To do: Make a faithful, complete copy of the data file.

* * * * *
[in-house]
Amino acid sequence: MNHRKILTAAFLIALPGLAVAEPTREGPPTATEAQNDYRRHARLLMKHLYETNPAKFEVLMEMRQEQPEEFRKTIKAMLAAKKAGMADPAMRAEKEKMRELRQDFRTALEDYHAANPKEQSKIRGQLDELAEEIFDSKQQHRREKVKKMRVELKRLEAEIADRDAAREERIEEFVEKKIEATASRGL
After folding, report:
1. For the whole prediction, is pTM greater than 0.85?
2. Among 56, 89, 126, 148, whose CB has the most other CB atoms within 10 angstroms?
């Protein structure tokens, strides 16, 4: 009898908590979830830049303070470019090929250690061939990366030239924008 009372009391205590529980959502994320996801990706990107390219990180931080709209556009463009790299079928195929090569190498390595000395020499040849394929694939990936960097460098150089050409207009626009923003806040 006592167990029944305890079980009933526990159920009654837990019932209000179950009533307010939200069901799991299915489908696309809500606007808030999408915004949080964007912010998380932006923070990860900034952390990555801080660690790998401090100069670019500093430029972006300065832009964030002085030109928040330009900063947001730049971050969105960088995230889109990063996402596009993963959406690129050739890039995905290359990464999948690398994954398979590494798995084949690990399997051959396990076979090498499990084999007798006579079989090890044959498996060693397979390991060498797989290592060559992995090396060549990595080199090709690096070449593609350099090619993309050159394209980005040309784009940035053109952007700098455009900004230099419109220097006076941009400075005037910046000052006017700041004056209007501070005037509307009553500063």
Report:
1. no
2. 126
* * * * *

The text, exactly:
[in-house]
Amino acid sequence: MNHRKILTAAFLIALPGLAVAEPTREGPPTATEAQNDYRRHARLLMKHLYETNPAKFEVLMEMRQEQPEEFRKTIKAMLAAKKAGMADPAMRAEKEKMRELRQDFRTALEDYHAANPKEQSKIRGQLDELAEEIFDSKQQHRREKVKKMRVELKRLEAEIADRDAAREERIEEFVEKKIEATASRGL
After folding, report:
1. For the whole prediction, is pTM greater than 0.85?
2. Among 56, 89, 126, 148, whose CB has the most other CB atoms within 10 angstroms?
């Protein structure tokens, strides 16, 4: 009898908590979830830049303070470019090929250690061939990366030239924008 009372009391205590529980959502994320996801990706990107390219990180931080709209556009463009790299079928195929090569190498390595000395020499040849394929694939990936960097460098150089050409207009626009923003806040 006592167990029944305890079980009933526990159920009654837990019932209000179950009533307010939200069901799991299915489908696309809500606007808030999408915004949080964007912010998380932006923070990860900034952390990555801080660690790998401090100069670019500093430029972006300065832009964030002085030109928040330009900063947001730049971050969105960088995230889109990063996402596009993963959406690129050739890039995905290359990464999948690398994954398979590494798995084949690990399997051959396990076979090498499990084999007798006579079989090890044959498996060693397979390991060498797989290592060559992995090396060549990595080199090709690096070449593609350099090619993309050159394209980005040309784009940035053109952007700098455009900004230099419109220097006076941009400075005037910046000052006017700041004056209007501070005037509307009553500063």
Report:
1. no
2. 126